Soumitra Chatterjee is a maverick genius who dabbled the different streams of performing and creative arts with ease and a rare poise. For six decades he remained a harbinger of hope for Bengalis all around the globe. He was a way of life, a pride in the collective racial identity. Only his mentor Satyajit Ray and the universal gurudev Rabindranath Tagore precede him in adoration and reverence.
But Soumitra Chatterjee was never a star in the glamour sky. He was a daily sustenance in the mundane. Firmly rooted, in his private spaces he was a curious mind free of inhibitions. Silhouette editor Amitava Nag had the privilege of engaging with him in numerous discussions over months and years. Not interviews in the formal sense. But exchanges – of ideas, experiences and reflections.
Blue Pencil is set to release a short and succinct account of those interactions as the book Murmurs: Moments with Soumitra Chatterjee, on 19th January 2021 to celebrate the legend’s 87th birthday..
For every Sunday till then, there will be individual episodes of the book.
Giving up any addiction is always a question of belief and a solace of the nonbeliever. In the Granada series Sherlock Holmes, Jeremy Brett as the famous detective proclaims profoundly in his most laconic way, ‘My mind rebels at stagnation. Give me problems, give me work, give me the most abstruse cryptogram or the most intricate analysis, and I am in my own proper atmosphere. I can dispense then with artificial stimulants.’ I guess most of us who are addicted, in some form or the other, crave for the mental exaltation lacking otherwise.
On the many times that I left smoking, I tried thinking what it gave me. Why is it so inanimately personal then, at least till the time mobile phones took over?
To me, smoking is never a crutch. Leaving it never made me feel like a martyr nor a sacrificial lamb. Whenever I return, I tend to think if it is a slaver.
‘I left it overnight, almost, after doctors advised me post my illness,’ he is referring to his malignant phase. A heavy smoker in his days he would turn packets into smoke. Rather burn them.
‘I tried cigars for some time when I was young. I was told that smoke of cigar makes the voice slightly coarse, a bit heavy,’ Soumitra-babu reclines in his wooden chair. He did have a light voice in his youth, sweet and melodious.
He once told me earlier how he would do voice training with basic classical vocal rendition, to keep his voice in tune.
‘For an actor, it is important that his voice is trained and tuned. Whatever base it is, a controlled voice is a harnessed harpoon. You may throw it at different depths as the need be.’
I have been contemplating switching over to smoking pipes. I will then, like my array of fountain pens, possess a fleet of smoking pipes. All feel different, look unique and if I wish, smell varied.
‘I did have pipes as well. My father-in-law gave me one, and a few friends. I loved smoking pipes.’ He pauses to take his glasses off and wipes them slowly.
‘But, maintaining a pipe is an arduous task. Quite time consuming. And where do I have that?’ the question is to the vacant air in the room.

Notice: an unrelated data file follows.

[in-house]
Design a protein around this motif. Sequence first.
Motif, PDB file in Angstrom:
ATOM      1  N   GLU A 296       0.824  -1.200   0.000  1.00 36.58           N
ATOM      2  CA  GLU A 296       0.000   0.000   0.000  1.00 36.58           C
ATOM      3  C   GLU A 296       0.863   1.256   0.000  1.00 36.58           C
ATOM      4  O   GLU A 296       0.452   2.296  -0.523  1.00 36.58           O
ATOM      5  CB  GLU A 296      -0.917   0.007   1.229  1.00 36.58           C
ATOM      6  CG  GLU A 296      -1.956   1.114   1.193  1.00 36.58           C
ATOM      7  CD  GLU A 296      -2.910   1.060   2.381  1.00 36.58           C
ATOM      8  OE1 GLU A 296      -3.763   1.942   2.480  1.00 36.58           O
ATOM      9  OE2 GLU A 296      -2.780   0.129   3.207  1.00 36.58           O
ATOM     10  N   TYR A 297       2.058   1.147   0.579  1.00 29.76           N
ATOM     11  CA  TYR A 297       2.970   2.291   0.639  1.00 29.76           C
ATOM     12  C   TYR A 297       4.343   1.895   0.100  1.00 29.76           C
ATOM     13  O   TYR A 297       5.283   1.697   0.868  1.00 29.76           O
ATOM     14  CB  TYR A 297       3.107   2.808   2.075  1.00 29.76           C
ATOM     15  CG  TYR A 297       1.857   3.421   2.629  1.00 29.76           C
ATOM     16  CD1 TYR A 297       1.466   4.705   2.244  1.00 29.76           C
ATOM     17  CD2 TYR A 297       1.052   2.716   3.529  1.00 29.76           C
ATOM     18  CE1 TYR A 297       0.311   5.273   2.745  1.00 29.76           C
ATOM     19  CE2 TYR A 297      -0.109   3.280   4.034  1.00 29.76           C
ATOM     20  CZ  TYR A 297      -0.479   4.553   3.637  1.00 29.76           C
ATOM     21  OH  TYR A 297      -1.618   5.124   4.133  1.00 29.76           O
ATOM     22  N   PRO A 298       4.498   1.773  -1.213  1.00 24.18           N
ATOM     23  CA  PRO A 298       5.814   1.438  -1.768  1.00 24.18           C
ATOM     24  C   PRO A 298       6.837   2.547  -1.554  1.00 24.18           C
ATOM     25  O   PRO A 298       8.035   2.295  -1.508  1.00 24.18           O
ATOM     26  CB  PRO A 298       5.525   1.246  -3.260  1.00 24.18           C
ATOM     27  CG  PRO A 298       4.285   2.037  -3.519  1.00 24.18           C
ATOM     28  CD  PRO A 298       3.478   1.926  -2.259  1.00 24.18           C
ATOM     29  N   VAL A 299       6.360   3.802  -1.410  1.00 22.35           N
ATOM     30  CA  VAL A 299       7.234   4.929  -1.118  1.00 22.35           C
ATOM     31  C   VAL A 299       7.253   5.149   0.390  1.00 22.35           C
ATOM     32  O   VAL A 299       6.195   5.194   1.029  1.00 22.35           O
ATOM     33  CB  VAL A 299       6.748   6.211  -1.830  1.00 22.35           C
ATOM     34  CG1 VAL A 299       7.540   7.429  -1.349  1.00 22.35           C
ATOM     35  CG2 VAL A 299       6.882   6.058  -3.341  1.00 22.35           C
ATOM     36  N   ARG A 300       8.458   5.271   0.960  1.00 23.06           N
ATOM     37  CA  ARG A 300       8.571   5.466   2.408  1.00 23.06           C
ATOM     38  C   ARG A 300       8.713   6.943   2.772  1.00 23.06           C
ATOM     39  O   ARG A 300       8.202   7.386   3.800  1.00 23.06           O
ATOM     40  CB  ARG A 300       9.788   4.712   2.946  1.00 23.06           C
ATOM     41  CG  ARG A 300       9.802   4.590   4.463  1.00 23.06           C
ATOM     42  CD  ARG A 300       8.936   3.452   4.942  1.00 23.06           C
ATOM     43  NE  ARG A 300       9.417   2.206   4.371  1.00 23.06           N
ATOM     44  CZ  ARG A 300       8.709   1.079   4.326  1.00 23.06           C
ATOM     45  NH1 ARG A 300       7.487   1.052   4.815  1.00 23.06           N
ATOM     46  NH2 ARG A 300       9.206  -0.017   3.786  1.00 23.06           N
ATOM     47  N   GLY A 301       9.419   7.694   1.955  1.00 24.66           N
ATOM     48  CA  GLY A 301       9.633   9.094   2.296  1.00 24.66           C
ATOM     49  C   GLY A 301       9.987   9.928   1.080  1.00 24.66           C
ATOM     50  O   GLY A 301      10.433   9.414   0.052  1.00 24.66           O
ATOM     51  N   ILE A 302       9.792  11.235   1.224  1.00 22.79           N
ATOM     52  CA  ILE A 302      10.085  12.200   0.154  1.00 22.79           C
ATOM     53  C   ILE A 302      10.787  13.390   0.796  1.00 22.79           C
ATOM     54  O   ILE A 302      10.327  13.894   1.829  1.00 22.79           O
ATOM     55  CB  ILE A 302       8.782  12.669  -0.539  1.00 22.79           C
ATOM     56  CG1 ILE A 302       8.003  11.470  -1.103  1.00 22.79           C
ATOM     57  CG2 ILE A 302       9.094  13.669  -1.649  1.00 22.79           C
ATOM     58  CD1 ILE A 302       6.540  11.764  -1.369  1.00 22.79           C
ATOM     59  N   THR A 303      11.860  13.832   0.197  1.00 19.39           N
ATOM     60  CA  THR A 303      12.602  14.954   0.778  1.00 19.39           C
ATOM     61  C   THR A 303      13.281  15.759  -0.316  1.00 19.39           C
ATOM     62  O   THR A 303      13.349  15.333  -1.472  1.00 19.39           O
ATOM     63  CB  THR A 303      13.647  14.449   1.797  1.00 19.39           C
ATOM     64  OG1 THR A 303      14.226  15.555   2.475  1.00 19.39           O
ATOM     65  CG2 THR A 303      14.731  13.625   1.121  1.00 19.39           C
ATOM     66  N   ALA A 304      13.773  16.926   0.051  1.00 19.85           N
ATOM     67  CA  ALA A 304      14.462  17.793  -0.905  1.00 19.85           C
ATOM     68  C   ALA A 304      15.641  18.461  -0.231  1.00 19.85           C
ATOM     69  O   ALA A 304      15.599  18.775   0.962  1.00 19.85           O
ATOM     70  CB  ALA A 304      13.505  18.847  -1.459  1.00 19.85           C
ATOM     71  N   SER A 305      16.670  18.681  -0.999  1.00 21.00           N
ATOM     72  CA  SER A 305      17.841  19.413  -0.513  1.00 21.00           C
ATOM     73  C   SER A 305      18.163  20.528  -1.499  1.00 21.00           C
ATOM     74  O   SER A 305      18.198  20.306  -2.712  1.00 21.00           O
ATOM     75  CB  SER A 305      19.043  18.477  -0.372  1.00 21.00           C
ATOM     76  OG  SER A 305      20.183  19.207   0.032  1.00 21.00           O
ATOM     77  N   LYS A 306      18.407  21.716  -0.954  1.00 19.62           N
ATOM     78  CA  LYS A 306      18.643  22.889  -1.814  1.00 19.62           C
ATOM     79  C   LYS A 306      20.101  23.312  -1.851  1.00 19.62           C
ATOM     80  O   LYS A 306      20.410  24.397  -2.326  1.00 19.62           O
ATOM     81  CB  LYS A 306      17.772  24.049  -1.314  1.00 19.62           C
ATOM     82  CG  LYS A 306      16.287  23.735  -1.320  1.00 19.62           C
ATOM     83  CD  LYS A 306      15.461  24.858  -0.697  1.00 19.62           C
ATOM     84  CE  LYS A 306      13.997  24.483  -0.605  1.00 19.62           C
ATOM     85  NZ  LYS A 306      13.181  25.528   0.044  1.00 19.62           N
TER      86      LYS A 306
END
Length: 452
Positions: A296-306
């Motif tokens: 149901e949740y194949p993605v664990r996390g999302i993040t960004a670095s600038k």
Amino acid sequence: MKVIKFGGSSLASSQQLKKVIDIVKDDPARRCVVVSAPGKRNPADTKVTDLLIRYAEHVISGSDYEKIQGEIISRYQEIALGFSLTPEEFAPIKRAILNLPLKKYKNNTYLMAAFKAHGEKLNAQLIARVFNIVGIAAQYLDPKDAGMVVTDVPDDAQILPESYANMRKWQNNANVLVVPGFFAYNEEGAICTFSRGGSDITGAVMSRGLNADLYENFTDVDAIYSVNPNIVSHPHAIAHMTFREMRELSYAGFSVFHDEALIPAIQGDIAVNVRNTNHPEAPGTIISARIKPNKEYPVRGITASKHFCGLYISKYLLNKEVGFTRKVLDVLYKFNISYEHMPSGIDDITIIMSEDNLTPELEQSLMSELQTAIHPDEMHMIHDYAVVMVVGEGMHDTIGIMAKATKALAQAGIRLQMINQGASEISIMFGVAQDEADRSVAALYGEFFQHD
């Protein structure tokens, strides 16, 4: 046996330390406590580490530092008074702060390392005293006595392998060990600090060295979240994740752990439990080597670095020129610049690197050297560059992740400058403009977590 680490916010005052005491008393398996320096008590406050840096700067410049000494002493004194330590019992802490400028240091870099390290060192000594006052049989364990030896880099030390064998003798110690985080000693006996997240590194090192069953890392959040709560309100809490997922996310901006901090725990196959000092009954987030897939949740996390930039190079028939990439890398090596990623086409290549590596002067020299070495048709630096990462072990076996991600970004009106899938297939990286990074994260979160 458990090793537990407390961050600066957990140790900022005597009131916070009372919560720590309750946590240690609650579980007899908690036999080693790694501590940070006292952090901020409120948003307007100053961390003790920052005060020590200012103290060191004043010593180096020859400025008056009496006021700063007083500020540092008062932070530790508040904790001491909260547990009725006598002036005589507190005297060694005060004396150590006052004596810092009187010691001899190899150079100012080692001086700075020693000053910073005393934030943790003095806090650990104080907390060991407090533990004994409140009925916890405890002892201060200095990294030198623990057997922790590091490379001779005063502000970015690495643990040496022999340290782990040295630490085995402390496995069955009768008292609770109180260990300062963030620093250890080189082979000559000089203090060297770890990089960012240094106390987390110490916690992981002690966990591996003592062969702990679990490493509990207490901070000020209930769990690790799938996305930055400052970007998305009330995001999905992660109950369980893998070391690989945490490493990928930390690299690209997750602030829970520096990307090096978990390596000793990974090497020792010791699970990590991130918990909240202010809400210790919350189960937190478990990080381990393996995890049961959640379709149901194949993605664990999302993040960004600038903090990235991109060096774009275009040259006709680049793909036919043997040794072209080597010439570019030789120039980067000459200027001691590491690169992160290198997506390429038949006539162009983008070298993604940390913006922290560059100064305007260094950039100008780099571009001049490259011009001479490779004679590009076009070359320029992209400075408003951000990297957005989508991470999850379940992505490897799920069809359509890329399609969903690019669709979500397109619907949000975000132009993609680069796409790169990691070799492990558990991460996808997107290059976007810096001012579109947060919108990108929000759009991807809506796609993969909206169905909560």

I try to visualize the on-screen heroes dangling a pipe or a cigarette with effortless ooze – from Bogart to Cooper to the Clint Eastwoods or our own Uttam Kumar and Rajesh Khanna. All look suave, prim, gorgeous.
‘Now, I can’t stand the smell of anyone smoking before me. I would leave the place or ask the person to leave.’
This is quite true. Not only for ex-smokers or non-smokers, the active ones as well don’t like another people’s smoke. That is why smoking lounges in airports become so claustrophobic, almost unbearable.
He has seen me smoke a few times, outside his house, before coming in. Afterwards I take in mints so that my breath resumes freshness.
‘How long have you been smoking?’ he asks.
‘A long while now. More than twenty-five years,’ I don’t believe it is that long already. Most of my friends, who were die-hard smokers, strongly devoted to the white stick with whom we pledged never to be separated with have first scattered out all over the globe, and now successfully moved on to the “non-smoker” terrain –one with false hopes and drowsy dreams.
It doesn’t make me happy that the group of long-time smokers in the world is sharply diminishing much to the glee of pharmaceutical companies. But I presume that is more nostalgia than any logic.
‘You know Amitava, cigarettes understand better than lovers. You need not say a thing, the stick knows it all. And most importantly, it doesn’t demand an answer, and never questions as well,’ he twinkles at me.
‘But poems do as well. Don’t they? But unfortunately, they elude when we look for them, don’t they?’
‘Yes, but do you need anyone to know you more than yourself?’ he is throwing questions that are gruelling.
‘After a time, you will not need it,’ he smiles nondeviantly, ‘not for any health problems or anything. You may be bored of it. The same smell, the same habit, the same repetition of monotony.’
I have been to him after the Durga Puja. To offer my wishes and seek blessings. It is festive time in Kolkata. The festivals – religious, social, cultural, all mingle at this time of the year.
There is a silent breeze that hangs emotions with the aggression of a wild cat.
I stand outside his house. Outside of me. And, light a cigarette.
Catherine Berge’s Gaach (The Tree, 1998) is a rare documentary on Soumitra Chatterjee. Silhouette is grateful to Catherine and producer James Ivory for providing permission to make it available to the Silhouette readers.
More to read on Soumitra Chatterjee
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